Tuesday, June 26, 2012

Victorian Mourning Jewelry (Part 2)

Victorian Mourning Jewelry
Photo Source: Coco Loves Vintage Blog

by Angela Magnotti Andrews

Following suit with Queen Victoria’s obsession with death, English society turned toward what Michael Wheeler calls the "Victorian Death Cult." The majority of England became sickly fascinated with death and mourning, and funeral rites transformed from ritualistic to sentimental and showy. 

With this trend toward fascination with death and the macabre, the antique jewelry and fashion followed suit. Prior to Albert’s death, the code dictated six months of deep mourning and another six months of half morning. Upon the Prince’s death, Queen Victoria restricted her household to full mourning for one year and half mourning for one year. Deep mourning customs dictated black and grey dresses made from crepe (a lusterless material) and very little jewelry.

To the relief of many, on March 10, 1863, Queen Victoria declared an end to the mourning period for England, making for the most colorful spectacle seen on English soil for two years. Despite her grand gesture, she remained heavily in mourning, purveying the ceremony from a private box shrouded in what Helen Rappaport terms her “widows weeds.” She also refused to lift the ban of half-mourning from the female members of the Household. Her daughters wore dresses of mauve, lilac, and grey.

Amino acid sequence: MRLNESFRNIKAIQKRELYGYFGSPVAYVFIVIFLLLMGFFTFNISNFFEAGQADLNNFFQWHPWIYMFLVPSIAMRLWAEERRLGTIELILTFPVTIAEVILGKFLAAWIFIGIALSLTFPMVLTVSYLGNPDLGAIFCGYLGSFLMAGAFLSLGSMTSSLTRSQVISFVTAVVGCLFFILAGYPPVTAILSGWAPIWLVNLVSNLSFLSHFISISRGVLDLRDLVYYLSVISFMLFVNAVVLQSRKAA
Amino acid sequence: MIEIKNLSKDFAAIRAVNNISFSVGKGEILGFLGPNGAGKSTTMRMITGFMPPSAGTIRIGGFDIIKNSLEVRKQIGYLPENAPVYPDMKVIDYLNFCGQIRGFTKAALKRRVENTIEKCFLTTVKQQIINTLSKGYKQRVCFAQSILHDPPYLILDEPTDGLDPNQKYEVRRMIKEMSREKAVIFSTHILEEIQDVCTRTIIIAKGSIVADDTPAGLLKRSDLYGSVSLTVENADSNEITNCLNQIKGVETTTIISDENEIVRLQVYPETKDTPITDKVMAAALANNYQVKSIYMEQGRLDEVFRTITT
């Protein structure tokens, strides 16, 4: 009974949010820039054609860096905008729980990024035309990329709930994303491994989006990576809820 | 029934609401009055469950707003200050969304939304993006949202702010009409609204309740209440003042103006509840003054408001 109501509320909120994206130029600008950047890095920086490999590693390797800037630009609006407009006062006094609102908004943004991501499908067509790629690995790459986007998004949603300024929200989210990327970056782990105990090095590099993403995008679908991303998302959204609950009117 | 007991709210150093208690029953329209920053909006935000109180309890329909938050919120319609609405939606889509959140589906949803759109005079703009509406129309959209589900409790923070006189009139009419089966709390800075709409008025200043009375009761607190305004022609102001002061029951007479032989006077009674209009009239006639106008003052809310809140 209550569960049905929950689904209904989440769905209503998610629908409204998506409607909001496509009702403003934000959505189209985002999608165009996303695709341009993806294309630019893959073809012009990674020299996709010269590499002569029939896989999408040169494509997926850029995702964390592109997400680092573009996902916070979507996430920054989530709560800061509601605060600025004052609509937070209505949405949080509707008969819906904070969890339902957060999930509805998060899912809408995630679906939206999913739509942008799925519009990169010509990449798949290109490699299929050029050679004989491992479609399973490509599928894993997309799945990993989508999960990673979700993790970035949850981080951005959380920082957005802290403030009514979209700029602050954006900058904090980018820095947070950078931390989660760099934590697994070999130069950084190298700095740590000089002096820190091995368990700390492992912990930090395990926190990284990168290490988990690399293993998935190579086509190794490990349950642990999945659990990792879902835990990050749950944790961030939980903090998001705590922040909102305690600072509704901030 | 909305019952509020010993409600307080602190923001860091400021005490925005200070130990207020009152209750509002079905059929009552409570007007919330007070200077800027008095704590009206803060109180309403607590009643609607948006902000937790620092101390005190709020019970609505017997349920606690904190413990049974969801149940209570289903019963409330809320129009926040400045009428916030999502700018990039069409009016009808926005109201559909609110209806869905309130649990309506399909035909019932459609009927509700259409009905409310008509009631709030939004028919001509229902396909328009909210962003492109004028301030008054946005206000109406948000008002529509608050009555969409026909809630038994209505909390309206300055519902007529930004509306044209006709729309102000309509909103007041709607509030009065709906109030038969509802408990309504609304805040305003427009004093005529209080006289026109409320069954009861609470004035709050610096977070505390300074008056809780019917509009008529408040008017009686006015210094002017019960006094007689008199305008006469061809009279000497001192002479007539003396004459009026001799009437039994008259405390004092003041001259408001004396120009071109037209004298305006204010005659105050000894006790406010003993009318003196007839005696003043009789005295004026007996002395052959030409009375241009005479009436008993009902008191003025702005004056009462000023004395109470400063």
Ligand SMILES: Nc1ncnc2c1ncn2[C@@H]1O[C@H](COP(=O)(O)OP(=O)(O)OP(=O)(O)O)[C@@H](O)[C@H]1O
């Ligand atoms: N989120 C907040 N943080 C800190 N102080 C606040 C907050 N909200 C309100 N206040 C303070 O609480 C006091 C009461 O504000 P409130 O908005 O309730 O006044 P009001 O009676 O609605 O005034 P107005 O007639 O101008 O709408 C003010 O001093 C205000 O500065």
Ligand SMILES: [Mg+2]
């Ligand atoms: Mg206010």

If Princess Alexandra hadn’t come as “a breath of fresh air to blow away the mid-century cobwebs,” (Tisdall, 1954) the jewelry industry may have collapsed. Thankfully, after 1863, the jewelry industry turned toward the Princess for inspiration, and although white diamonds and pearls continued to dominate the jewelry scene into the early 1900s, jewelers began to introduce a little more romance and whimsy into their designs over the following decades.
1. Essortment. "Victorian Mourning Customs." Accessed June 13, 2012. http://www.essortment.com/victorian-mourning-customs-63807.html.
2. Spark Notes. "Queen Victoria: The Years of Mourning." Accessed June 13, 2012. http://www.sparknotes.com/biography/victoria/section5.rhtml.
3. Smith, S. E. "What was Victorian Mourning Like?" wiseGeek. Accessed June 13, 2012. http://www.wisegeek.com/what-was-victorian-mourning-like.htm.
4. Britton, Natalya. "Victorian Death Worship and Literature." Literary Culture @ Suite101. June 29, 2012. Accessed June 13, 2012. http://suite101.com/article/victorian-death-worship-and-literature-a255829.
5. Burnett, Ann. "Perkin's Purple." Writer and Tutor, Ann Burnett. Accessed June 13, 2012. http://www.annburnett.co.uk/perkins_purple.html.
6. Wikipedia. "Mourning." Accessed June 13, 2012. http://en.wikipedia.org/wiki/Mourning.
7. Nadelhoffer, Hans. Cartier. London: Thames & Hudson Ltd., 2007.
8. Rappaport, Helen. Queen Victoria: A Biographical Companion. Santa Barbara: ABC-CLIO, 2003.
9. Tisdall, E. E. P. Alexandra: Edward VII’s Unpredictable QueenNew York: J. Day Co., 1954.

*Clip art courtesy of The Graphics Fairy

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